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During the past year, I worked on a giant project ordered by a national government. This customer practiced what I would call a panic-driven-development - the project was ready and deployed months before the deadline, but the customer kept regularly calling us with panic that the government officials came, requested a completely new feature with a deadline of few days and if it wouldn't be ready on time, the funding would be pulled.

This resulted in me having to work on weekends, on my holidays, late into the early morning, often all three combined. Furthermore, I had to travel many times to meet the government officials on a short notice (This was in a different country than where my office was based in, which meant about 8 hours of travel one way). This resulted in me amassing more than 300 hours of overtime over a period of 4 months.

Now, I was updating my CV and since I had this experience, I wanted to present myself as an employee that didn't give up and managed to deliver the project despite these terrible working conditions - but how could I do that without portraying the government or the customer negatively? As much as I would love to, I'm scared it could be viewed as unprofessional if I complain about them.

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    Sounds more like an answer to an interview question than something you would specifically mention on your CV. For example, "how do you deal with pressure and tight deadlines?"
    – musefan
    Nov 2 '21 at 17:12
  • @musefan it's both Nov 2 '21 at 18:52
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    requested a completely new feature with a deadline of few days and if it wouldn't be ready on time, the funding would be pulled Why on earth would your company sign a contract allowing the customer to do this? Nov 4 '21 at 15:14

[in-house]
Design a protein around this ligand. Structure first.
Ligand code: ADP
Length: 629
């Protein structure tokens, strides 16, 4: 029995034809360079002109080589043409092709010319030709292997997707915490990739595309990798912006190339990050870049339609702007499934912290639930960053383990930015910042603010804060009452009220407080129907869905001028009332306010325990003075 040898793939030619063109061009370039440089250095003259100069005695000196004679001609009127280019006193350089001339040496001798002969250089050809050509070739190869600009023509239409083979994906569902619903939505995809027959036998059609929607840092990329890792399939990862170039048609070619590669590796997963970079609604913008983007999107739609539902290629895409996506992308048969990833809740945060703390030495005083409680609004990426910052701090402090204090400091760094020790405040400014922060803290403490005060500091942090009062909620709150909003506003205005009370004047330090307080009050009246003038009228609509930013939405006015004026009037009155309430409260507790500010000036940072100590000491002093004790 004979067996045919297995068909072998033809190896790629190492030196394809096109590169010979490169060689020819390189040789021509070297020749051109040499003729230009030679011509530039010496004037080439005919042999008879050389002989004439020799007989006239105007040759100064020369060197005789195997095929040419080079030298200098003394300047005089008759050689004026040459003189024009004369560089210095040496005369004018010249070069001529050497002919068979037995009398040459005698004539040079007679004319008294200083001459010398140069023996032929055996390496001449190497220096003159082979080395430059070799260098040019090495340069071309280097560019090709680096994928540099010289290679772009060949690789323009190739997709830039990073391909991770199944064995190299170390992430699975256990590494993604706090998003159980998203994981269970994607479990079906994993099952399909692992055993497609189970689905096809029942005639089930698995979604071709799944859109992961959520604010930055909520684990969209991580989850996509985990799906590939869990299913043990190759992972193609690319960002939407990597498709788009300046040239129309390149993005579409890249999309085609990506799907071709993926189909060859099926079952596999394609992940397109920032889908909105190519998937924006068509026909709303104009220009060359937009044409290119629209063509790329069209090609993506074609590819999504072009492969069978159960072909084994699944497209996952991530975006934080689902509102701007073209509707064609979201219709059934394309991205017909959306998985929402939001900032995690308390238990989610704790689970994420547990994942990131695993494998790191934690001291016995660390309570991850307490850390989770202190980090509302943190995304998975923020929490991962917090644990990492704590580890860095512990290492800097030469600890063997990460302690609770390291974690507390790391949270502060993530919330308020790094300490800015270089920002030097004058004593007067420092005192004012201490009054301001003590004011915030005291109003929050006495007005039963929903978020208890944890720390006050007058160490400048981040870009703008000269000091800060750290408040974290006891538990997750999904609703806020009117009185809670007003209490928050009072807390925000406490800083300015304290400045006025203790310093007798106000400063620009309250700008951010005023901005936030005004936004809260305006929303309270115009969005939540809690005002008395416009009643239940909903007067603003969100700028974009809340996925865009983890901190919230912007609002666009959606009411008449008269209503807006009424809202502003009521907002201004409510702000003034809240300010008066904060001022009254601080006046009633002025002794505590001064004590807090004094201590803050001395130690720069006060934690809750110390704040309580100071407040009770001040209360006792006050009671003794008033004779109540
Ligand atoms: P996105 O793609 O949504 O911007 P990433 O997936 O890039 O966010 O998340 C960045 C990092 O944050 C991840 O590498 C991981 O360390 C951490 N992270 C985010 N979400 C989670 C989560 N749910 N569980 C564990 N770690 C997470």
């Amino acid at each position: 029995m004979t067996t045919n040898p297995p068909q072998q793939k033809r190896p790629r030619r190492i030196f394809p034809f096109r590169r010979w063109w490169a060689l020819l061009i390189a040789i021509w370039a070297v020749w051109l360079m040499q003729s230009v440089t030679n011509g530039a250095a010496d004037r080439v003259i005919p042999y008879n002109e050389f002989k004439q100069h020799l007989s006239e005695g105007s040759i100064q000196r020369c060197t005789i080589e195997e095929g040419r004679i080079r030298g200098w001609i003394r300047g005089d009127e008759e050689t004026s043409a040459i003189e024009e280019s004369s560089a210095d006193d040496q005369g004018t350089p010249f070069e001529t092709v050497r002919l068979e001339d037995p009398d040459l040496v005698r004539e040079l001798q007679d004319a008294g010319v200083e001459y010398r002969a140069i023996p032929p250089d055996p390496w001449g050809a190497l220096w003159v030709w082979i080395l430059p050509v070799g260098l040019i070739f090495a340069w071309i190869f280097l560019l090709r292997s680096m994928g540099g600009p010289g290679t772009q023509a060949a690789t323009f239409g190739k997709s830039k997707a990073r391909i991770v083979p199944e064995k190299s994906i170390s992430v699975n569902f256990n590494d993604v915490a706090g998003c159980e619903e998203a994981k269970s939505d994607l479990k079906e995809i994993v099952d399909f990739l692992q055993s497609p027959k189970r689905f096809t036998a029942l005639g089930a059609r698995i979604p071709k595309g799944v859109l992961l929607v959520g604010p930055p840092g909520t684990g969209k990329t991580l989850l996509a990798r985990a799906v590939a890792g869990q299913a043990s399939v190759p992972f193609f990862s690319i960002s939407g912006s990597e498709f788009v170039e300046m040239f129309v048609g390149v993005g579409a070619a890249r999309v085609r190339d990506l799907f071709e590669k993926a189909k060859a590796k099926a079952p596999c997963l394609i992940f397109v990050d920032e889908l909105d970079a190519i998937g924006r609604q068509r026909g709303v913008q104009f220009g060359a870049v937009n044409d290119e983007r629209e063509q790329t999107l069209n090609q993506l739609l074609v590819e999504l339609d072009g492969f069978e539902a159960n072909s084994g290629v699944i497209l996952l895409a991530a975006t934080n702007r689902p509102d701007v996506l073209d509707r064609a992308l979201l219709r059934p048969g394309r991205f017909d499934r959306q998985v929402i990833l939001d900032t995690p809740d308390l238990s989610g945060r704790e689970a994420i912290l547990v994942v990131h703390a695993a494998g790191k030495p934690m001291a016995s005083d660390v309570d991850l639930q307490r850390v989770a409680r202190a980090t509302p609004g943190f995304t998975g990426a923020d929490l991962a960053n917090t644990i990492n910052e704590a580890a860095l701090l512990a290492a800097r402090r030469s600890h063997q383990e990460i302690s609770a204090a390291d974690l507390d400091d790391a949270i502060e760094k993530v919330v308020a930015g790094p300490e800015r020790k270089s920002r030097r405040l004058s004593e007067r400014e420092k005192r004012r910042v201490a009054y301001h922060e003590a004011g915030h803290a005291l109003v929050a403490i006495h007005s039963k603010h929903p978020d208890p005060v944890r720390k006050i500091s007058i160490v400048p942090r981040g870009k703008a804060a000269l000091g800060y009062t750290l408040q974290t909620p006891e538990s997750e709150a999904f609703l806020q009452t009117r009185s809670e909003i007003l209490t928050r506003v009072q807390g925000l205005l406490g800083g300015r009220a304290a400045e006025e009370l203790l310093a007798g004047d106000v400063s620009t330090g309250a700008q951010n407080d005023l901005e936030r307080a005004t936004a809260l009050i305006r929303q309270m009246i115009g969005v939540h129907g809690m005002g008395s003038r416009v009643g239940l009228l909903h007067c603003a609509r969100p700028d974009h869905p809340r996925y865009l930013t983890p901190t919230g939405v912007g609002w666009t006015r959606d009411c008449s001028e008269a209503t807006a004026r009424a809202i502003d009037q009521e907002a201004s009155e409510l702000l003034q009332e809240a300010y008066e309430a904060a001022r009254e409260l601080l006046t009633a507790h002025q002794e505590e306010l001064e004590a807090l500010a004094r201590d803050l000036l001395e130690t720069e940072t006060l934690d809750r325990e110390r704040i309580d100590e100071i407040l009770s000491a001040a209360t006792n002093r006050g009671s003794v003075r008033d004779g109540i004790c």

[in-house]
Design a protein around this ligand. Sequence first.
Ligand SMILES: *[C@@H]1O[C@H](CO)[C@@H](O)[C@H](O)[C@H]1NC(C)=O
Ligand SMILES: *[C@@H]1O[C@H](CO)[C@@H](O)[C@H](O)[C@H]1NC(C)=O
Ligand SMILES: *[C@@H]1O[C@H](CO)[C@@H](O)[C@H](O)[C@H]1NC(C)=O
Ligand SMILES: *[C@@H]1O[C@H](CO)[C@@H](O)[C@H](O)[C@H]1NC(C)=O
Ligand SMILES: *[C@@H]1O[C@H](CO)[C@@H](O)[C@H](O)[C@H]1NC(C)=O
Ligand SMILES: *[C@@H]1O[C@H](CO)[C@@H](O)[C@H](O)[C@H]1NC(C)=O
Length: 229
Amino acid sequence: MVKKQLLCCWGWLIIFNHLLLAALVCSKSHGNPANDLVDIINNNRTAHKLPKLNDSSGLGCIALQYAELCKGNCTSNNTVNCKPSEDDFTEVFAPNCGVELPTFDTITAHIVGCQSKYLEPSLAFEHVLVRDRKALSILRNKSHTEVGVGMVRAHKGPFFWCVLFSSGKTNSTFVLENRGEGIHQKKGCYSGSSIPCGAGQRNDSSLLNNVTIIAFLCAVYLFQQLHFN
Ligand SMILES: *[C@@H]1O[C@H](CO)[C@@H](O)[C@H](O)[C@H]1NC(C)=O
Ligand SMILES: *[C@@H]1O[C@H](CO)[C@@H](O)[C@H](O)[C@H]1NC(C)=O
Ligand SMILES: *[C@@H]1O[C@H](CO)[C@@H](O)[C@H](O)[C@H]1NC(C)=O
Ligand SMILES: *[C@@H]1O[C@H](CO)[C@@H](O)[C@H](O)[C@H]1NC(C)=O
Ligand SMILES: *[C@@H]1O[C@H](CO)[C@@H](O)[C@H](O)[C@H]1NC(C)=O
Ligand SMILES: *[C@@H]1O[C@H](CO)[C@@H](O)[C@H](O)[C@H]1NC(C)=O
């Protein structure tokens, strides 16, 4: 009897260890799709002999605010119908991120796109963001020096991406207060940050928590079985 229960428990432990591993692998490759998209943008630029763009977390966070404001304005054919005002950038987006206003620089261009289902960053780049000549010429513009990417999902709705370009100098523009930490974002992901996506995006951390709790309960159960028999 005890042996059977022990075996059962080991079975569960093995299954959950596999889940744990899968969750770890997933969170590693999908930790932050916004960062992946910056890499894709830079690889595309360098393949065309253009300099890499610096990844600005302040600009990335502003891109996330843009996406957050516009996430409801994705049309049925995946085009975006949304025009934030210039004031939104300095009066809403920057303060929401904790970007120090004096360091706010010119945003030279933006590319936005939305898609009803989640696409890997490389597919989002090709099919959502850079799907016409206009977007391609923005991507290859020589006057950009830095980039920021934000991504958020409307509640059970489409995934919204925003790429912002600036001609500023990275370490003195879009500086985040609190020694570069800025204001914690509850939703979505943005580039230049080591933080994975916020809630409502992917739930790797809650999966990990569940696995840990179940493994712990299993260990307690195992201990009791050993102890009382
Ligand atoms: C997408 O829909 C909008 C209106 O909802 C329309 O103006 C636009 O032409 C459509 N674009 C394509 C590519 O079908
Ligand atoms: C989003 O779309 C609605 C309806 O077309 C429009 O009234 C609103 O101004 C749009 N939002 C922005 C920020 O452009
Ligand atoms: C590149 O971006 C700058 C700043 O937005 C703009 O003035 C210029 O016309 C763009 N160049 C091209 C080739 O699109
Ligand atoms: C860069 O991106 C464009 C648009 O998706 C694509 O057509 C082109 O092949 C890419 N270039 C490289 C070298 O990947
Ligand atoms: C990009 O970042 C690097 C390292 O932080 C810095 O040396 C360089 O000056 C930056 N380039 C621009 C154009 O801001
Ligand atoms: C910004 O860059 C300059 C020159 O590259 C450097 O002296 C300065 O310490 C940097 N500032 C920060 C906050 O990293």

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    You could all the customer or project "demanding" or "exacting" instead.
    – TylerH
    Nov 4 '21 at 17:12
  • Does the prospective employer also do business with this country's government, or would they know of its characteristics by reputation? Nov 4 '21 at 17:27
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Work these events into bullet points in your CV without editorializing

  • Met tight deadlines with rapidly changing specs
  • Traveled to customer site to quickly address issues
  • Experienced in dealing with highly demanding customers

Et cetera, don't give away too much though, when you get to the interview, then you can go into some detail, but focus on the dedication, not the demanding customer.

Introduce the story, by saying something like. "We all have that one customer, right?" And then proceed to tell the interviewer how you MANAGED that customer, and brag about the skillful way you handled it. Downplay the unreasonableness of the customer and emphasize how you saved the account

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    This is great advice. I would also prepare and rehearse a bit of a case study on this customer in case you have a question about a "challenging situation or customer) in an interview. This will allow you to contain the story and only share the contribution you are proud of without spending a long time talking about the customer. Also, if this was a COVID related project, I would say that in a CV. Everyone is aware of the pressures companies and government organizations were placed under delivering workable solutions, visible to the public, under tight timeframes.
    – DWGKNZ
    Nov 2 '21 at 18:22
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    I'd add a bullet point mentioning experience with both working on Foreign based projects as well as Government based entities. And somehow work in the "giant project" aspect. It's one thing to work on a $1,000 project, but a totally different level when you are dealing with $10,000,000
    – Peter M
    Nov 2 '21 at 19:28
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    I agree, in particular replacing negative words like difficult/needy (i.e. ones likely to cause offence) with demanding. You could even use words like important. Nov 3 '21 at 0:42